- Stocks Fall With China in Bear Market as Bonds Decline (BBG)
- Russia defiant as U.S. raises pressure over Snowden (Reuters) ...
- and sure enough: Kerry Warns Hong Kong and Russia on Snowden (WSJ)
- Slow-Motion U.S. Recovery Searches for Second Gear (WSJ)
- PBOC Sees ‘Reasonable’ Liquidity in China’s Financial System (BBG)
- Italy's Berlusconi faces verdict in underage sex trial (Reuters)
- Fed Monetary Course Difficult for a Bernanke Successor to Alter (BBG)
- Another China central bank worry; companies push into lending (Reuters)
- Gold Miner Writedowns at $17 Billion After Newcrest Fallout (BBG)
- Snowden Faces Often-Posed U.S. Fugitive Question: Where to Run? (BBG)
It's as if we have two economies: the simulacrum one of stocks rising dramatically in a few months, and the real one of household earnings (down) and hours worked (down). It is difficult to justify the feeling that we are living in an extraordinary moment in time, for the fundamental reason that it's impossible to accurately assess the present in a historical context. Extraordinary moments are most easily marked by dramatic events such as declarations of war or election results; lacking such a visible demarcation, what sets this month of 2013 apart from any other month since the Lehman Brothers' collapse in 2008? It seems to me that the ordinariness of June 2013 is masking its true nature as a turning point. Humans soon habituate to whatever conditions they inhabit, and this adaptive trait robs us of the ability to discern just how extraordinary the situation has become.
Europe is a disaster-zone. Here’s the round-up of what’s going wrong right now. The longest day? It would have been a long day, whatever happened, so you might as well enjoy it.
As if the Greeks don’t have enough to deal with right now with their country cut off from the benefits of a national television and radio station. What is it they say in the UK? Something like ‘when it rains it pours’.
As noted yesterday, and perhspa even more prescient now Anastasiades is back with the begging bowl, the debt crisis in Cyprus and the subsequent "bail-in" confiscation of bank depositors' money matter for two reasons: 1. The banking/debt crisis in Cyprus shares many characteristics with other banking/debt crises. 2. The official Eurozone resolution of the crisis may provide a template for future resolutions of other banking/debt crises. It also matters for another reason: not only is the bail-in a direct theft of depositors' money, the entire bailout is essentially a wholesale theft of national assets. This is the inevitable result of political Elites swearing allegiance to the European Monetary Union.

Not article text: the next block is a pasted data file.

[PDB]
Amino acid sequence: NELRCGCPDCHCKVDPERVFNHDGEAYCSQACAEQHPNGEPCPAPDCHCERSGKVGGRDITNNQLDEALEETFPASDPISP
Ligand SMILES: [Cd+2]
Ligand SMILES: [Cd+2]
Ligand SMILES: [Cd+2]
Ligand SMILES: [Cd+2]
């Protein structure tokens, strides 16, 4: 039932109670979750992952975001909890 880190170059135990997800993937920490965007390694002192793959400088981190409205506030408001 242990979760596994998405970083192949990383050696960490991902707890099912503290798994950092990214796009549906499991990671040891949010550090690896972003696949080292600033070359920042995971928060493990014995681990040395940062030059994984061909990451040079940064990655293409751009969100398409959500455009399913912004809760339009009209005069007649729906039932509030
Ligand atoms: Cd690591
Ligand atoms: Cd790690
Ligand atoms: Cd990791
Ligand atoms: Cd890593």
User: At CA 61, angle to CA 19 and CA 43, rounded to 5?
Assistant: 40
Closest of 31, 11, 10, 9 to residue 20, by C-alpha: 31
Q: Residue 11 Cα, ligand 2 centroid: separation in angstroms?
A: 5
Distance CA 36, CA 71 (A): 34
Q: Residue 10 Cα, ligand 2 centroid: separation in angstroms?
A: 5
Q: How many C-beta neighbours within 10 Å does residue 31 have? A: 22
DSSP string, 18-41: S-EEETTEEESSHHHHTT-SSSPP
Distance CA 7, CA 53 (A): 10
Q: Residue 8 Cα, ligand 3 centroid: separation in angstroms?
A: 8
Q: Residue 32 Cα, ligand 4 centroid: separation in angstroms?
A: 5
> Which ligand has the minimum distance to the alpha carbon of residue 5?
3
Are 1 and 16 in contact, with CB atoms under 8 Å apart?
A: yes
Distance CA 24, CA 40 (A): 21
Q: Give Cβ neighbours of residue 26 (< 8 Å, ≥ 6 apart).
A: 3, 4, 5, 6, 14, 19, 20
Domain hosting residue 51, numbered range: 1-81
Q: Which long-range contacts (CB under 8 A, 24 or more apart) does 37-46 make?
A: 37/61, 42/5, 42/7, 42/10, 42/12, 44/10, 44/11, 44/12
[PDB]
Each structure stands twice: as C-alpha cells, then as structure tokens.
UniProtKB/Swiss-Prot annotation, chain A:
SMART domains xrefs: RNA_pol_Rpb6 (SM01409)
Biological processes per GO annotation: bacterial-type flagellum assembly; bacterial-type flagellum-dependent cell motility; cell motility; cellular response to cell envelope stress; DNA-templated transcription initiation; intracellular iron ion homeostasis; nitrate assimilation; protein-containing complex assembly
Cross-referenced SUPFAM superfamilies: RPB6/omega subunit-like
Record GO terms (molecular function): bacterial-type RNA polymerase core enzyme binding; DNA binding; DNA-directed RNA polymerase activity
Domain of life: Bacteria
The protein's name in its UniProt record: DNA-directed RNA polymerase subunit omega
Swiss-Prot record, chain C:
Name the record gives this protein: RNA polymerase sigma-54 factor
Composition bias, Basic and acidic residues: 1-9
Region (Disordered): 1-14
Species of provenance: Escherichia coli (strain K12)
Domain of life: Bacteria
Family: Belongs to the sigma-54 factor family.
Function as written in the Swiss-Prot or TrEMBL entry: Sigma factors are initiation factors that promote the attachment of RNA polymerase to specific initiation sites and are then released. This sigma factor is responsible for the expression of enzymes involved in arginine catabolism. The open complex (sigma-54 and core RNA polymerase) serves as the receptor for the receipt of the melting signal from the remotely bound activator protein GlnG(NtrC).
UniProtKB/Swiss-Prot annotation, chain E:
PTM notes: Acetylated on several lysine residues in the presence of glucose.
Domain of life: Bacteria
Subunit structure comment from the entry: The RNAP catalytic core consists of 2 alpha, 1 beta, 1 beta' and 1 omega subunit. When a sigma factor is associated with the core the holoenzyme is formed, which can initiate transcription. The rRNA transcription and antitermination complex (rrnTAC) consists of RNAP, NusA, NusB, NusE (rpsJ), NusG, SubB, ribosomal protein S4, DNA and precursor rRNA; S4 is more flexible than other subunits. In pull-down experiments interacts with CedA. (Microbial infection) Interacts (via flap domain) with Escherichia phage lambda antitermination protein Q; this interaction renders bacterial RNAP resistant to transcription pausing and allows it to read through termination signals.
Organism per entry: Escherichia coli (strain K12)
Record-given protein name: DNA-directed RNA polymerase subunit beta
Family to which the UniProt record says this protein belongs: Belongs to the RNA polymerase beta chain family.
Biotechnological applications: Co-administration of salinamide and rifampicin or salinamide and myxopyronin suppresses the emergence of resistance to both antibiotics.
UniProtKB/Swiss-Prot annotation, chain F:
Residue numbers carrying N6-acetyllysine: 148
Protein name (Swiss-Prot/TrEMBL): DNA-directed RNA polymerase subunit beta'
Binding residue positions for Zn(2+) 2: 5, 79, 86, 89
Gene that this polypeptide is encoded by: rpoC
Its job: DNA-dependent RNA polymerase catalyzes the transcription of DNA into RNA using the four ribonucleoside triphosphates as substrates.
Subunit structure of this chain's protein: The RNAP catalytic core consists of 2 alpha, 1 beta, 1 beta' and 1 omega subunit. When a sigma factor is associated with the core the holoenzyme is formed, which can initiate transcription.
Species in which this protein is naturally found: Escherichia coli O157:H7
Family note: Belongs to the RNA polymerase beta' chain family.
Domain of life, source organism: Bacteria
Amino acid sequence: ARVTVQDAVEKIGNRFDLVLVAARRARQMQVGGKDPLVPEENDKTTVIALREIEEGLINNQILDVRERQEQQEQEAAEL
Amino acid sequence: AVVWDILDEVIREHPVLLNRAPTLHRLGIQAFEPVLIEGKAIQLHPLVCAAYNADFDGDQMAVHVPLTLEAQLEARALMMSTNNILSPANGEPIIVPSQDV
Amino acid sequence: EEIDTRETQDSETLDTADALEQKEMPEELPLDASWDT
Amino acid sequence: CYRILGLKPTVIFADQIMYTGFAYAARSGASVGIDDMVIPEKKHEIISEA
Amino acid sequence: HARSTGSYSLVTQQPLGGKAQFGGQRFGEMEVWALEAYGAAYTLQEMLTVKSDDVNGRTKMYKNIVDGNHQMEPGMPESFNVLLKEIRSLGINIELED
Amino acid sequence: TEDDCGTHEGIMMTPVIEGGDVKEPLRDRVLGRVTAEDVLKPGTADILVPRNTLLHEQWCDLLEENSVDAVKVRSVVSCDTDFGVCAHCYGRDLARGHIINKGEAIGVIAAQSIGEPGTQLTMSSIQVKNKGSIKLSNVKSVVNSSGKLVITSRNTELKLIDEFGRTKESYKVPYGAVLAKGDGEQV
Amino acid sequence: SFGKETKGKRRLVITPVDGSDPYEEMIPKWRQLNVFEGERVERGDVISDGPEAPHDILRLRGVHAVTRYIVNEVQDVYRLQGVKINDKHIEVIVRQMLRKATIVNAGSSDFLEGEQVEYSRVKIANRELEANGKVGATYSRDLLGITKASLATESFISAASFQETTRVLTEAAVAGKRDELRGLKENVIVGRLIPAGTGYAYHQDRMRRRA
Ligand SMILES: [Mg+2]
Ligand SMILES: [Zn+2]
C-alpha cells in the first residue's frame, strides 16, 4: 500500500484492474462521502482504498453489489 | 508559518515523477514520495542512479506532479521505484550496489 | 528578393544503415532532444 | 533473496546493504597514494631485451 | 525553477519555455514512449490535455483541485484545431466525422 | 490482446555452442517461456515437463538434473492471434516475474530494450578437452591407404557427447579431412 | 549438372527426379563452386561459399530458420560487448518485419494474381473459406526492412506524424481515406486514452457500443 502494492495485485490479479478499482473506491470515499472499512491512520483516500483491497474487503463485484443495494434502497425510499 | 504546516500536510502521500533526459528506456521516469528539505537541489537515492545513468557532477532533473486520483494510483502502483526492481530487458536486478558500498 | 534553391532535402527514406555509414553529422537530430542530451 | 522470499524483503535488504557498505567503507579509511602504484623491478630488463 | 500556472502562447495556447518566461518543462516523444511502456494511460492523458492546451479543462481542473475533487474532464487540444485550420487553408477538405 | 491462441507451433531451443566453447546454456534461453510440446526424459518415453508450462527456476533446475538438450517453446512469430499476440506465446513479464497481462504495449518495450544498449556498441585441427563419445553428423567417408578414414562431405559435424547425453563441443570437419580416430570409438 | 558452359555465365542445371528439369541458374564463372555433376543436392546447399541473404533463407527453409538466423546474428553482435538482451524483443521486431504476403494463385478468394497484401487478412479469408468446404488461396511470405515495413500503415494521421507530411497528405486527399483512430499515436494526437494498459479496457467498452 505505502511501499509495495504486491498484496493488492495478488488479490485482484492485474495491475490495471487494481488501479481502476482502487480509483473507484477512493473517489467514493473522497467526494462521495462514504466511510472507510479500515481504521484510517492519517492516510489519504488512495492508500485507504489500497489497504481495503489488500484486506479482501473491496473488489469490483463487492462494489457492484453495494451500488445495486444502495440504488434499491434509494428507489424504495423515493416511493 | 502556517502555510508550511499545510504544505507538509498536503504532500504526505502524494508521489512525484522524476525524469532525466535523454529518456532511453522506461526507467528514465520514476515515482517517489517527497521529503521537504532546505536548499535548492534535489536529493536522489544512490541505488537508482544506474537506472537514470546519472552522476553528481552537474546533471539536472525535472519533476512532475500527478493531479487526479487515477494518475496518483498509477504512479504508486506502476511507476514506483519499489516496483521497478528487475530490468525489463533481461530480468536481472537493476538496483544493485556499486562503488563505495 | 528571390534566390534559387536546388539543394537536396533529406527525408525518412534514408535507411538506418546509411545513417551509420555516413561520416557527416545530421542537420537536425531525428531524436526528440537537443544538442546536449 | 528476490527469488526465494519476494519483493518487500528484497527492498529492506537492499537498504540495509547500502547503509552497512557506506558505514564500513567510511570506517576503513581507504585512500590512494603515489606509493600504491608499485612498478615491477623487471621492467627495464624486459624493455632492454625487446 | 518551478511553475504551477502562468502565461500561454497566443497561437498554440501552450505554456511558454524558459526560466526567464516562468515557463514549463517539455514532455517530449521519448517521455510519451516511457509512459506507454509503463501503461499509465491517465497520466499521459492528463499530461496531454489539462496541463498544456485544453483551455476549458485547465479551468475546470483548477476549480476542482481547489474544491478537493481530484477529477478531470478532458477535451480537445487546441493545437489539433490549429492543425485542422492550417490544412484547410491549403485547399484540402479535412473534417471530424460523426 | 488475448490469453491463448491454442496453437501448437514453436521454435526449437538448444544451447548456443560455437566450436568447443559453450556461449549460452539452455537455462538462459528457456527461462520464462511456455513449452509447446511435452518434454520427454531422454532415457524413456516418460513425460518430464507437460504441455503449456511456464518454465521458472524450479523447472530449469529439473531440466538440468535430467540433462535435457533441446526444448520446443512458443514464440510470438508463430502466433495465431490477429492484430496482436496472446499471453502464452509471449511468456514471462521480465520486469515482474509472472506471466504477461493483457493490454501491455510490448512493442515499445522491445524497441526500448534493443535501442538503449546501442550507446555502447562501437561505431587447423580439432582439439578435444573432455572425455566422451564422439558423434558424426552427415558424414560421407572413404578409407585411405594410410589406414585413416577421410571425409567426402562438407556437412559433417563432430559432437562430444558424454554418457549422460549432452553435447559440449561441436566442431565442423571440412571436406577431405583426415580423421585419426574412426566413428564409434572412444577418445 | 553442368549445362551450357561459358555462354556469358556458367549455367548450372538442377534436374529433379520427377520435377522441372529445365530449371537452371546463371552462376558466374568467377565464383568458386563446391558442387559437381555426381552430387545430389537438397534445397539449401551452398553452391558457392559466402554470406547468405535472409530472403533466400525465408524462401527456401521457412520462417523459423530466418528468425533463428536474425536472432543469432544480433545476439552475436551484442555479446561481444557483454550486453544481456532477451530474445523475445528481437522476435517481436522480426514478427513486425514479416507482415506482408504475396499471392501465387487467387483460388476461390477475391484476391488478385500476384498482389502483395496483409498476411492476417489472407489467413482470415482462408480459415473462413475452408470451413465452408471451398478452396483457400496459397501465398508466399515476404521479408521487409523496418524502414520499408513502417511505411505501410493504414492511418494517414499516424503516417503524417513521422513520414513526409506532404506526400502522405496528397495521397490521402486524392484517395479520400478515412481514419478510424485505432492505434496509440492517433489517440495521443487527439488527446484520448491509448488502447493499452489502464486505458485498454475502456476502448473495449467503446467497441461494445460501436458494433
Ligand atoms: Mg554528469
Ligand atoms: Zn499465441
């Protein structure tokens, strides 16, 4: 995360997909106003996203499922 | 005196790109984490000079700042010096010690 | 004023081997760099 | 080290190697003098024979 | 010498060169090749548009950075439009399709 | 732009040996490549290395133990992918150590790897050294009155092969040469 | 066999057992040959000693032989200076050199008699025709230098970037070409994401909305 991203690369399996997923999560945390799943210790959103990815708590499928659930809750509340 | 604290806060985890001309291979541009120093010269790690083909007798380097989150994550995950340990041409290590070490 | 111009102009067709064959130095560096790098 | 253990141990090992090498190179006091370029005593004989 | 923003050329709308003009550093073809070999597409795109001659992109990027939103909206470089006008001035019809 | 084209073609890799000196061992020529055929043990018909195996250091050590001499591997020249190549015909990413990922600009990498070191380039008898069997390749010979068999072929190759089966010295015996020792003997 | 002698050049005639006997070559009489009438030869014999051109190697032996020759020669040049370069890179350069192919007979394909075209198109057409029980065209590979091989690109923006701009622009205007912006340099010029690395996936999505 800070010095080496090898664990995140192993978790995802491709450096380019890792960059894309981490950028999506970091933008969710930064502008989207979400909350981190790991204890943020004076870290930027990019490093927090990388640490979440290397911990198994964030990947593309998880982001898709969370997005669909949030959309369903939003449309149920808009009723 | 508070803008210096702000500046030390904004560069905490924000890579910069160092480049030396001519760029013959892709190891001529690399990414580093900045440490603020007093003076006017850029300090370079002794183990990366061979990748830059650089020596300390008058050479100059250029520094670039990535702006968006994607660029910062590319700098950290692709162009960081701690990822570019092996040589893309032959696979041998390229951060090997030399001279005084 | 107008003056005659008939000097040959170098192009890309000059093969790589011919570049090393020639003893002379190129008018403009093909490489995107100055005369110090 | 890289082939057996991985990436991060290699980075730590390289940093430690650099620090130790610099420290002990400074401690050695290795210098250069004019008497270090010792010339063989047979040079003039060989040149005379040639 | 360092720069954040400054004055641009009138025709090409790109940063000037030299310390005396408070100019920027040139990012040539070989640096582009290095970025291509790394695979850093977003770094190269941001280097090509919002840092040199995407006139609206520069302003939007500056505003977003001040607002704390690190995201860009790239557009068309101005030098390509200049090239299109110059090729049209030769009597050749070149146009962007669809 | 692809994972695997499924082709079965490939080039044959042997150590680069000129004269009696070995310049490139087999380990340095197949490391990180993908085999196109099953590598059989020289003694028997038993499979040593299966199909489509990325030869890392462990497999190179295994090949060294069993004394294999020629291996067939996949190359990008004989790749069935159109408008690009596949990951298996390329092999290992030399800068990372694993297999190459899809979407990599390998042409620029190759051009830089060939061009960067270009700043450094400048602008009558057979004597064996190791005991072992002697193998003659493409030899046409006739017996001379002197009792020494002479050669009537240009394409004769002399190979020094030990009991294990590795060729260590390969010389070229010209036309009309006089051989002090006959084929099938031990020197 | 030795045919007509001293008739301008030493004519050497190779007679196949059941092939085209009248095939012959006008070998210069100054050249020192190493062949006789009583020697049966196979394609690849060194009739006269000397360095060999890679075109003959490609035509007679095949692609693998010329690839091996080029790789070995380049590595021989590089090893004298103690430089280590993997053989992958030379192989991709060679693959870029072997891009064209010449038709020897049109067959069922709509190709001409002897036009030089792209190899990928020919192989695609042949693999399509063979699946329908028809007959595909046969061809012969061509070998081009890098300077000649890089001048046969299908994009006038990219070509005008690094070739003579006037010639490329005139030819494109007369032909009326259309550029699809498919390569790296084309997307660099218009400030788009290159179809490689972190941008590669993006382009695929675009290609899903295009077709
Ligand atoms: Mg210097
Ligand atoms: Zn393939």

Why do the debt crisis in Cyprus and the subsequent "bail-in" confiscation of bank depositors' money matter? They matter for two reasons: 1. The banking/debt crisis in Cyprus shares many characteristics with other banking/debt crises. 2. The official Eurozone resolution of the crisis--the "bail-in" confiscation of 60% of bank depositors' cash in an involuntary exchange for shares in the bank (which are unlikely to have any future value)--may provide a template for future official resolutions of other banking/debt crises. In other words, since the banking/debt crisis in Cyprus is hardly unique, we can anticipate the resolution (confiscation of deposits) may be applied elsewhere.
The Plight Of Europe's Banking Sector, Its €650 Billion State Guarantee, And The "Urgent Need" To RecapitalizeSubmitted by Tyler Durden on 06/15/2013 12:37 -0400
Since the topic of quantifying how big the sovereign assistance to assorted banks - both in Europe and the US (which Bloomberg calculated at $83 billion per year) - has become a daily talking point, we are happy to read that Harald Benink and Harry Huizinga have reached the same conclusion as us in their VOX analysis, and further have shown that in Europe the implicit banking sector guarantee by the state is a whopping €650 billion. "Europe has postponed the recapitalisation of its banking sector for far too long. And, without such a recapitalisation, the danger is that economic stagnation will continue for a long period, thereby putting Europe on a course towards Japanese-style inertia and the proliferation of zombie banks... Banks are already saddled with ample unrecognised losses on their assets, estimated by many observers to be at least several hundreds of billions of euros and mirrored by low share price valuations, and an additional loss of their present funding advantage will be crippling."